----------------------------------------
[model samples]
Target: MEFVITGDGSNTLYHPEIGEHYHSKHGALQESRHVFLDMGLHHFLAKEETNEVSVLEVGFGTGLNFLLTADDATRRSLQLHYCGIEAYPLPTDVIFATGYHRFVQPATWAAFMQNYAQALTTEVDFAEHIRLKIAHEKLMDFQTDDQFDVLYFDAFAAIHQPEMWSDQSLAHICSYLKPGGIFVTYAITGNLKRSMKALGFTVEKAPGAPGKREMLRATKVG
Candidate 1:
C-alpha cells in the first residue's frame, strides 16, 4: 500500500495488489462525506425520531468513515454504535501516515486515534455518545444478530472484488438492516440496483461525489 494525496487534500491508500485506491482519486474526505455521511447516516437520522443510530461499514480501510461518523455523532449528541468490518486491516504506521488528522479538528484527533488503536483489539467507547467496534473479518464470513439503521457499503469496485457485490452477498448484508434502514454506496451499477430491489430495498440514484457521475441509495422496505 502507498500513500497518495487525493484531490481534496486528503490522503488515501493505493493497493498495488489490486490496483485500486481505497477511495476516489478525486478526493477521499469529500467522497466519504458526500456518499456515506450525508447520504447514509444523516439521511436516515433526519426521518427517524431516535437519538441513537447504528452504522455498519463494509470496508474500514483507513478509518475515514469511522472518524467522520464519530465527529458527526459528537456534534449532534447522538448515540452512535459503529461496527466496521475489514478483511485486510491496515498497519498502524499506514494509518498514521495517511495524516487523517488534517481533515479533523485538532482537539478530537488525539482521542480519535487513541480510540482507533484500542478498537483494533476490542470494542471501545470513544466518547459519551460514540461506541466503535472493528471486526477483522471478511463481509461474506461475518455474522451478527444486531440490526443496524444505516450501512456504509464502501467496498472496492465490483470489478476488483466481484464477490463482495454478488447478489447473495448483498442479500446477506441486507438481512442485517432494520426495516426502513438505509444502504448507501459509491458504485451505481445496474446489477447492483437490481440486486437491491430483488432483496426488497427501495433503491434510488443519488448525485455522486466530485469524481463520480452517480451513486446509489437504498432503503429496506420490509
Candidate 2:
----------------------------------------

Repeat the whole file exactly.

[model samples]
Target: MEFVITGDGSNTLYHPEIGEHYHSKHGALQESRHVFLDMGLHHFLAKEETNEVSVLEVGFGTGLNFLLTADDATRRSLQLHYCGIEAYPLPTDVIFATGYHRFVQPATWAAFMQNYAQALTTEVDFAEHIRLKIAHEKLMDFQTDDQFDVLYFDAFAAIHQPEMWSDQSLAHICSYLKPGGIFVTYAITGNLKRSMKALGFTVEKAPGAPGKREMLRATKVG
Candidate 1:
C-alpha cells in the first residue's frame, strides 16, 4: 500500500495488489462525506425520531468513515454504535501516515486515534455518545444478530472484488438492516440496483461525489 494525496487534500491508500485506491482519486474526505455521511447516516437520522443510530461499514480501510461518523455523532449528541468490518486491516504506521488528522479538528484527533488503536483489539467507547467496534473479518464470513439503521457499503469496485457485490452477498448484508434502514454506496451499477430491489430495498440514484457521475441509495422496505 502507498500513500497518495487525493484531490481534496486528503490522503488515501493505493493497493498495488489490486490496483485500486481505497477511495476516489478525486478526493477521499469529500467522497466519504458526500456518499456515506450525508447520504447514509444523516439521511436516515433526519426521518427517524431516535437519538441513537447504528452504522455498519463494509470496508474500514483507513478509518475515514469511522472518524467522520464519530465527529458527526459528537456534534449532534447522538448515540452512535459503529461496527466496521475489514478483511485486510491496515498497519498502524499506514494509518498514521495517511495524516487523517488534517481533515479533523485538532482537539478530537488525539482521542480519535487513541480510540482507533484500542478498537483494533476490542470494542471501545470513544466518547459519551460514540461506541466503535472493528471486526477483522471478511463481509461474506461475518455474522451478527444486531440490526443496524444505516450501512456504509464502501467496498472496492465490483470489478476488483466481484464477490463482495454478488447478489447473495448483498442479500446477506441486507438481512442485517432494520426495516426502513438505509444502504448507501459509491458504485451505481445496474446489477447492483437490481440486486437491491430483488432483496426488497427501495433503491434510488443519488448525485455522486466530485469524481463520480452517480451513486446509489437504498432503503429496506420490509
Candidate 2: